In July 1965 a survey for the proposed borough was completed which included a portion of the lake’s Sunset area in Lehman Township.  During the next few months petitions were circulated in both townships for supporters and opponents of the new borough.  In late October 1965 a petition with 1,100 names from both townships was presented to Judge Frank L. Pinola, President Judge of the Luzerne County Court of Common Pleas, to request court approval, as permitted by State Law, to create Harvey’s Lake Borough.  The petitioners were represented by a group of lawyers who donated their services: Maurice S. Cantor; Gifford S. Cappellini (later a Judge); Edward Hosey; and Joseph V. Kasper.

Lake and Lehman Townships filed a number of objections to the petition.  A major issue was whether people who were only summer residents at the lake could lawfully sign a petition to create a new borough.  Another issue was the expected tax increase on residents of the new borough.  The two affected townships also claimed they could meet the Lake’s needs and a new borough was not necessary.

In mid-December 1965 Judge Pinola held hearings on the petition and its objections.  Testimony in favor of a new borough suggested the new municipality could hire a professional borough manager and secure a public beach.  The townships could not bear the costs of controlling pollution at the Lake nor the costs of full-time police protection for the Lake.  Indeed, the Protective Association, over the course of 30 years, raised $150,000 for the Lake’s police, fire and other services.  Witnesses generally sought to prove the Lake community was distinguishable from the rural townships.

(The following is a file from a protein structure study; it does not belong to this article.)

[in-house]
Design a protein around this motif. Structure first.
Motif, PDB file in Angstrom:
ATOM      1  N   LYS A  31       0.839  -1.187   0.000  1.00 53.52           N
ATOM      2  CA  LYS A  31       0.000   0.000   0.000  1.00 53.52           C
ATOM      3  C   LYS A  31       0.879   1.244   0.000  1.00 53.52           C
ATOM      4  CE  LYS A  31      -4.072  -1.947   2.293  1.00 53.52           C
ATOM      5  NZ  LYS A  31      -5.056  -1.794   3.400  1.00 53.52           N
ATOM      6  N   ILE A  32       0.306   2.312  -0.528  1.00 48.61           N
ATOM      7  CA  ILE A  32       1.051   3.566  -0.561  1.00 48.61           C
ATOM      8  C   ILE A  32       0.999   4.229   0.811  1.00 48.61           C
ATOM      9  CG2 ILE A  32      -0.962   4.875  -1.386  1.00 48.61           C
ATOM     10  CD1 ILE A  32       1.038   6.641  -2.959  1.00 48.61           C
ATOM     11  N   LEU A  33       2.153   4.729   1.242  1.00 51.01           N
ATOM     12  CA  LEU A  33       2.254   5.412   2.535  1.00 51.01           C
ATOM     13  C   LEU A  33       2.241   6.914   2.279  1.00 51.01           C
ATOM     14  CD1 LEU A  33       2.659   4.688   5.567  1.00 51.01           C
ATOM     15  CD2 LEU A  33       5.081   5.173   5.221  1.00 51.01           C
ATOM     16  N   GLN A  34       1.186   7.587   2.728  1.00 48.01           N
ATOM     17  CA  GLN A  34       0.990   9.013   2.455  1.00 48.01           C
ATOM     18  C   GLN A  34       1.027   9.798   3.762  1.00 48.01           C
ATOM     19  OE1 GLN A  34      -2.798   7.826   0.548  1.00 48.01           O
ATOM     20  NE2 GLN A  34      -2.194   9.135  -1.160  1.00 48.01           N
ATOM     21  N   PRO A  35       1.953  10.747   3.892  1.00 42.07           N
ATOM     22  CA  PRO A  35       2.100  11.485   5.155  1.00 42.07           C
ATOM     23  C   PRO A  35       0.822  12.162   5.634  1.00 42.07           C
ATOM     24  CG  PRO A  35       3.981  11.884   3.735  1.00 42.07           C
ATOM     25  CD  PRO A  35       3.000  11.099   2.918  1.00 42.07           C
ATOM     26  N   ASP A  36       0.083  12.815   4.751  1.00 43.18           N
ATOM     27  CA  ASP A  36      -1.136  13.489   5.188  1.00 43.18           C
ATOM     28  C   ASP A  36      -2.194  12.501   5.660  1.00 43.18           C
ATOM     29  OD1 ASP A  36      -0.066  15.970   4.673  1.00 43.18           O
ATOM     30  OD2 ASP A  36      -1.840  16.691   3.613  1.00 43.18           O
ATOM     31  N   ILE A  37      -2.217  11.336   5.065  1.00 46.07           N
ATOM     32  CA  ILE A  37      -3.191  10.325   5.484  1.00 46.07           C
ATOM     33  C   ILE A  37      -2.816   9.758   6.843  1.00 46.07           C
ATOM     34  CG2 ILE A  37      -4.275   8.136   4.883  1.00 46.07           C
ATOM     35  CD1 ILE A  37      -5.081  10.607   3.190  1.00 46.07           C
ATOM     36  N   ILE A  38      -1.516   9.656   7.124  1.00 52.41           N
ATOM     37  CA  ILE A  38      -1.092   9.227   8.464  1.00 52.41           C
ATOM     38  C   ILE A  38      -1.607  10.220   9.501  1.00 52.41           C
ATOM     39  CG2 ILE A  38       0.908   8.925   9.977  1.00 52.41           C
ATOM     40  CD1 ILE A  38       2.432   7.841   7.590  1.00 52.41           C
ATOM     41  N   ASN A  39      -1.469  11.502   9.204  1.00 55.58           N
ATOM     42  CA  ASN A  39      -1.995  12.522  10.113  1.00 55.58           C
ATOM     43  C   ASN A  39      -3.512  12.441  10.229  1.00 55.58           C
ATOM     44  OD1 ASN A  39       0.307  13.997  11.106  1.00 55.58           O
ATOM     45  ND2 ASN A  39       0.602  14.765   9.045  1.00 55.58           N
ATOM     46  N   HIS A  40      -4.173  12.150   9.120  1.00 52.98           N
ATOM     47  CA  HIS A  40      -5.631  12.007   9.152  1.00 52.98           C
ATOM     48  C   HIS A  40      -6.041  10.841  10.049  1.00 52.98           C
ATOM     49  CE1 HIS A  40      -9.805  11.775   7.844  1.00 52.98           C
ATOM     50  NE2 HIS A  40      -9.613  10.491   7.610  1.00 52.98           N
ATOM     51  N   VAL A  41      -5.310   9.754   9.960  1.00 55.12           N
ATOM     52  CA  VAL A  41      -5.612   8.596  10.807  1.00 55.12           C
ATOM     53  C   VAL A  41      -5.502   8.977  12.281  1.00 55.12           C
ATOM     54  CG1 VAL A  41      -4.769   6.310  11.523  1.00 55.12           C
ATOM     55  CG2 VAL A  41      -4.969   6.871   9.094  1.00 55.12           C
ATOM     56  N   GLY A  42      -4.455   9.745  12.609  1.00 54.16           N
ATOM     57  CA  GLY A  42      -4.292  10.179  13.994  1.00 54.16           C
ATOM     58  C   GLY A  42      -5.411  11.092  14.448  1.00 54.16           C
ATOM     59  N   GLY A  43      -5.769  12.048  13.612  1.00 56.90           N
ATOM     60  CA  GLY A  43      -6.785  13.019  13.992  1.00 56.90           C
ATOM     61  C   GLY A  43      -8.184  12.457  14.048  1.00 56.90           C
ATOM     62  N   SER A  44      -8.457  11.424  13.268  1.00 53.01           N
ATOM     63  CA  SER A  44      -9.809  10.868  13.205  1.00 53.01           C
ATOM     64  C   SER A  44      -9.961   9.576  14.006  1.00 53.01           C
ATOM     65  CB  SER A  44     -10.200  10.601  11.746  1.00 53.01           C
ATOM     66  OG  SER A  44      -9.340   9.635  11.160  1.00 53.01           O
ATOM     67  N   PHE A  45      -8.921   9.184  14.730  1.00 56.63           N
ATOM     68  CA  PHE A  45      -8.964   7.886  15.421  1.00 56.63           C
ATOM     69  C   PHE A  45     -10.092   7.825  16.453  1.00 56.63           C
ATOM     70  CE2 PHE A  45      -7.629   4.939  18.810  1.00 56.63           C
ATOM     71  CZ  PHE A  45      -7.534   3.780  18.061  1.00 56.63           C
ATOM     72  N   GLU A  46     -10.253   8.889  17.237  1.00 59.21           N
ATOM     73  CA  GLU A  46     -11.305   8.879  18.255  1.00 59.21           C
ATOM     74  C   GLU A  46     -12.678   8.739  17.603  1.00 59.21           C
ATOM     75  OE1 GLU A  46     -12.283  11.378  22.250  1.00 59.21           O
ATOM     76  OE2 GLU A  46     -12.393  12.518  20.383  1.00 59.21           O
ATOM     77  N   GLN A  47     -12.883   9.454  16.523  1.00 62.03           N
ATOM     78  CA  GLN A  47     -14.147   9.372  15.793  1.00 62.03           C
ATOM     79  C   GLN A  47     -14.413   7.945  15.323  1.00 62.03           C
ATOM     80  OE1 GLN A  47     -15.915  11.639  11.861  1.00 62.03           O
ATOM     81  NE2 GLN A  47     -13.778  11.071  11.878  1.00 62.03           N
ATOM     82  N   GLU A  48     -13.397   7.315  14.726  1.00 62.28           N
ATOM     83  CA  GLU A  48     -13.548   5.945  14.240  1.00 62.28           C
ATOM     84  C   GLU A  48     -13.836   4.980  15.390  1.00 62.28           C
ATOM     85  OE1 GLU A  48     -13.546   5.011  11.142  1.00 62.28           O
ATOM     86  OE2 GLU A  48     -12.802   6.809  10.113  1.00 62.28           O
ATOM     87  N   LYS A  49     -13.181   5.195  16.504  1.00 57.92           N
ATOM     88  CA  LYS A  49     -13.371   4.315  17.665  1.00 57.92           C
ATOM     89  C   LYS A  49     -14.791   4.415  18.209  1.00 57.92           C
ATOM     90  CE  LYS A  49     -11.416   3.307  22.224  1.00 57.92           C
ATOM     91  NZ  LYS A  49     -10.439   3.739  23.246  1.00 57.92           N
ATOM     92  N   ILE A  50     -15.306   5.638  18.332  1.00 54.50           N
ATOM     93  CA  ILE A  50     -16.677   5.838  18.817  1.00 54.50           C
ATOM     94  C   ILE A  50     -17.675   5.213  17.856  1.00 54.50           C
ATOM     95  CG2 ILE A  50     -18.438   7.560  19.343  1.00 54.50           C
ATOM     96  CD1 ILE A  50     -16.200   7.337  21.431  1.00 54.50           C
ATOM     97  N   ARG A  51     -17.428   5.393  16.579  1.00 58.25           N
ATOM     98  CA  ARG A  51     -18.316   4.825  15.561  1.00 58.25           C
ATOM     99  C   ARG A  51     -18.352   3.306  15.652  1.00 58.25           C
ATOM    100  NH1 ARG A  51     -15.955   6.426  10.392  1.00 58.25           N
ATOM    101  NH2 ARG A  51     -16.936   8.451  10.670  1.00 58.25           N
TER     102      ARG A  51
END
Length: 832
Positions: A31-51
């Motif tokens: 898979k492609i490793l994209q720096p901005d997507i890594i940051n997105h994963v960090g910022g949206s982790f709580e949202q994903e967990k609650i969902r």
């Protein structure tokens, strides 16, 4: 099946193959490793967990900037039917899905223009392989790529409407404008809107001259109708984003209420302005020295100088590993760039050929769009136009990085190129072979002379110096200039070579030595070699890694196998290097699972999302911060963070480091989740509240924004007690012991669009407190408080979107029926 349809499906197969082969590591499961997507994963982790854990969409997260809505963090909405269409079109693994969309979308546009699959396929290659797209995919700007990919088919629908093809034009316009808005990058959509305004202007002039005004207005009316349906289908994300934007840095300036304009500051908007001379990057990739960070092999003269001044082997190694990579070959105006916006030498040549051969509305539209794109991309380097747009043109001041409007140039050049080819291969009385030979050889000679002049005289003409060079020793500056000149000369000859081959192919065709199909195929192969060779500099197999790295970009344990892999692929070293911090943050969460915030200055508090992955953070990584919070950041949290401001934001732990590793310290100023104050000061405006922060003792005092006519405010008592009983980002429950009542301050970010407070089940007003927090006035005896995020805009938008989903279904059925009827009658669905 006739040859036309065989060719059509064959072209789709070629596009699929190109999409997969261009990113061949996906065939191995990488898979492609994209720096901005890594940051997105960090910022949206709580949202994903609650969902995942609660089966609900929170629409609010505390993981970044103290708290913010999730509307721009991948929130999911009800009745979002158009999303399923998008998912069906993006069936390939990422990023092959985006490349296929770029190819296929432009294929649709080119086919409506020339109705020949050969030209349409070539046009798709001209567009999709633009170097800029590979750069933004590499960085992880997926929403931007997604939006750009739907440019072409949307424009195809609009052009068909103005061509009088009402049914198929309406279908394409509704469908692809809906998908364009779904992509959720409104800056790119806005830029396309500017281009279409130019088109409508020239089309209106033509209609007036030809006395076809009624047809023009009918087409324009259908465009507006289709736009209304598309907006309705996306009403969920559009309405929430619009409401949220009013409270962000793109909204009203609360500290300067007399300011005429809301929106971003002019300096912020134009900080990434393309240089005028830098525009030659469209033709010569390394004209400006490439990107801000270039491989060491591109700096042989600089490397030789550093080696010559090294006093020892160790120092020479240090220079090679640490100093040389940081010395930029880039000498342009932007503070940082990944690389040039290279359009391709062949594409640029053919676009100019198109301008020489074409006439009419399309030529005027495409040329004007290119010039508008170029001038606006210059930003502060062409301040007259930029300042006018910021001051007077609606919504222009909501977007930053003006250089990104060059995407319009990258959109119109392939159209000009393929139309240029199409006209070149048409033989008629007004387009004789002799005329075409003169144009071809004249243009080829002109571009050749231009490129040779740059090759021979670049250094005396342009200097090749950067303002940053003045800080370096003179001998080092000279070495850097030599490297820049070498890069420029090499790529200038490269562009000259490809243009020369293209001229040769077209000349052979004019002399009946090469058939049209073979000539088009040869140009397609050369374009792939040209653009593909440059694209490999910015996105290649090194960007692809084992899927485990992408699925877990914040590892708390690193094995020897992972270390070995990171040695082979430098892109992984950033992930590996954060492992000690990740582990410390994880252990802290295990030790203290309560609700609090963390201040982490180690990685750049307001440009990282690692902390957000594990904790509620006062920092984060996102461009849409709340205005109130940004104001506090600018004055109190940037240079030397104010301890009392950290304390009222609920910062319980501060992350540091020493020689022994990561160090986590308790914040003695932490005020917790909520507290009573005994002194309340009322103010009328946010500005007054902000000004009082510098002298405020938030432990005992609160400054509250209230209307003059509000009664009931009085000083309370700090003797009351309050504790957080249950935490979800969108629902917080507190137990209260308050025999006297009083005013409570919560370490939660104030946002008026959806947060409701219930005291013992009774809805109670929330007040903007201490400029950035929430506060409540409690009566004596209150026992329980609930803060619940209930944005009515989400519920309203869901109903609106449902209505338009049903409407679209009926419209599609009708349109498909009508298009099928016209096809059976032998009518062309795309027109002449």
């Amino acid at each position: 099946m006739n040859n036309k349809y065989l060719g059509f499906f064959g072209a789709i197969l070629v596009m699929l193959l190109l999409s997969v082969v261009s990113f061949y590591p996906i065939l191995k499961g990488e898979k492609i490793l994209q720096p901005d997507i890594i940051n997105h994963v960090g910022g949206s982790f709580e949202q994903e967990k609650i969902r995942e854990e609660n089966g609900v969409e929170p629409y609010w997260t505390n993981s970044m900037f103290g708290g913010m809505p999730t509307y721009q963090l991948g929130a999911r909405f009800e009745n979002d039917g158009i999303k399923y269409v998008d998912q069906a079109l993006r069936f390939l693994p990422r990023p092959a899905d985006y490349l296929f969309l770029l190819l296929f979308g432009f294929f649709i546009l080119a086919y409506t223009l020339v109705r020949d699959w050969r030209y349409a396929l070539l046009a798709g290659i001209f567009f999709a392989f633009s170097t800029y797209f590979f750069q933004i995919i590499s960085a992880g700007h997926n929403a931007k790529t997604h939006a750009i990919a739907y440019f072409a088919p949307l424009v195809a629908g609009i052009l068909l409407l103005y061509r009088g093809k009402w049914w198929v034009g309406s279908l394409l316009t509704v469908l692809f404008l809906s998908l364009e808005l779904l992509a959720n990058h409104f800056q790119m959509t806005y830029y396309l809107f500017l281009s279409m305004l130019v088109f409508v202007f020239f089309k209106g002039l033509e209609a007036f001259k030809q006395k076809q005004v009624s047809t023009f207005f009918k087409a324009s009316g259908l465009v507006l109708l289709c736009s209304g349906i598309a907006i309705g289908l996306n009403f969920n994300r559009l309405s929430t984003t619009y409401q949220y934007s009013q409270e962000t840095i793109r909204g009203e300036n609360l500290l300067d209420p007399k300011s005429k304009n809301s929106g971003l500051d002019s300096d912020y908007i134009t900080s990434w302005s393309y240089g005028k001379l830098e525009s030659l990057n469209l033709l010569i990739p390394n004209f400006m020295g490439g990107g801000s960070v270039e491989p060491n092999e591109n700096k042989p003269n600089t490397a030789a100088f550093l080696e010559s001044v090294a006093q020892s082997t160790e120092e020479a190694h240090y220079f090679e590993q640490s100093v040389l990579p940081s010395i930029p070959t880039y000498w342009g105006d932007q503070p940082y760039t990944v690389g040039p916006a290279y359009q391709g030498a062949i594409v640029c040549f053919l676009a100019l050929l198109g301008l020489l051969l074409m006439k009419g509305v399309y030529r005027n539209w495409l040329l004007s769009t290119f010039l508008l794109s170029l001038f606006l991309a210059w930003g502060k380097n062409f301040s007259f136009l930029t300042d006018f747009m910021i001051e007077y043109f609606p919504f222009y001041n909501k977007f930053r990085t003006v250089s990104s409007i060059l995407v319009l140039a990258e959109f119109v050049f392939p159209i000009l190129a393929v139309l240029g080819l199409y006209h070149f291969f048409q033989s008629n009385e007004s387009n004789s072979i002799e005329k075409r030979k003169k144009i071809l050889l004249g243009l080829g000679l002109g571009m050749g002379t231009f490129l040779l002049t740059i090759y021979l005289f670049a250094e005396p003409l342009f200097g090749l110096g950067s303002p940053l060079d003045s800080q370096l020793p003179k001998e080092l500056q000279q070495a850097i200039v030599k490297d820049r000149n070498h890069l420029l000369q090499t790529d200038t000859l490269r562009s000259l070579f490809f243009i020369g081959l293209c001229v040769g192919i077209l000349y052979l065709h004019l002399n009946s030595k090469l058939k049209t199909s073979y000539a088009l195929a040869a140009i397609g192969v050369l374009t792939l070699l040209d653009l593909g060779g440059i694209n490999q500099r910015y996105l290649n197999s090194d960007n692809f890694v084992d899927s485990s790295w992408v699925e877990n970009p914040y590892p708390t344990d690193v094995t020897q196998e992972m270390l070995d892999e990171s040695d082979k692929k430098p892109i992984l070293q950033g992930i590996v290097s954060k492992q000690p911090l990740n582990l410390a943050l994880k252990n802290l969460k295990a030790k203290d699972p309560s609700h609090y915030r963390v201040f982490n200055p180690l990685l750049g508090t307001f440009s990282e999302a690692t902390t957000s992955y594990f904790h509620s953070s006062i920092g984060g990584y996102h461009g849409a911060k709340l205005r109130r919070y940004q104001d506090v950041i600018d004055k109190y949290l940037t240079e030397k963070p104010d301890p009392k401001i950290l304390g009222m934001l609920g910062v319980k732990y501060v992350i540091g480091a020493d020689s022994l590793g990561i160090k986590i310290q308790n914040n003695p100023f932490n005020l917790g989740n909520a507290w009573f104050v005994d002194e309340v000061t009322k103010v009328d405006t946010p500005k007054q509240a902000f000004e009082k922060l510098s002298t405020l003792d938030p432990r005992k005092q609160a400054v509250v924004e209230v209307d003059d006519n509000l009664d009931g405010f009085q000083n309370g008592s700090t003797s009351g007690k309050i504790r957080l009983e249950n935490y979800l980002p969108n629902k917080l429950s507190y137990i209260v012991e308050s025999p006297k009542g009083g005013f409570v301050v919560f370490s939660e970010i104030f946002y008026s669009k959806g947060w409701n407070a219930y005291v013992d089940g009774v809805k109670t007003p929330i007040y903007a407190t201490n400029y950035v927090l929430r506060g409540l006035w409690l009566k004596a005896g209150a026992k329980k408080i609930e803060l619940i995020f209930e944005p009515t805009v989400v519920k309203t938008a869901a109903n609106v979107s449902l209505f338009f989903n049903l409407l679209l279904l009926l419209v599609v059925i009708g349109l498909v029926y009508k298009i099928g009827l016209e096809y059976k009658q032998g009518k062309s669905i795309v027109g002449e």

During the course of the hearings Judge Pinola also held a night session to conclude the trial before Christmas 1965.  The townships, represented by Attorney Lewis R. Crisman (Lake) and William A. Valentine (Lehman), challenged the validity of the petitions, the accuracy of tax and other data presented by the petitioners, and other objections the Court would uniformly reject.  There were ten court sessions held over five days.  In the meantime, anticipating that a new borough would be approved, local state legislators, State Senator Harold Flack and State Representative William Curwood, pushed through a new State law which effectively shortened the time a new Lake Borough election would be held.

In early December 1965 Judge Pinola issued his opinion which dismissed the objections of Lake and Lehman Townships.  The Court approved the formation of Harveys Lake Borough, the county’s 74th municipality.  The opinion was also supported by Luzerne County Court Judges Bernard Brominski and Jacob Schiffman.

Following the Court’s opinion creating the Lake Borough both Lake and Lehman Townships concluded it could not afford the costs to appeal the decision.  As a result of the Flack-Curwood legislation a special election was held in 1967 and the new officials of Harveys Lake Borough took office on January 2, 1968.

Copyright 2006-2007 F. Charles Petrillo

Copyright 2006-2008 F. Charles Petrillo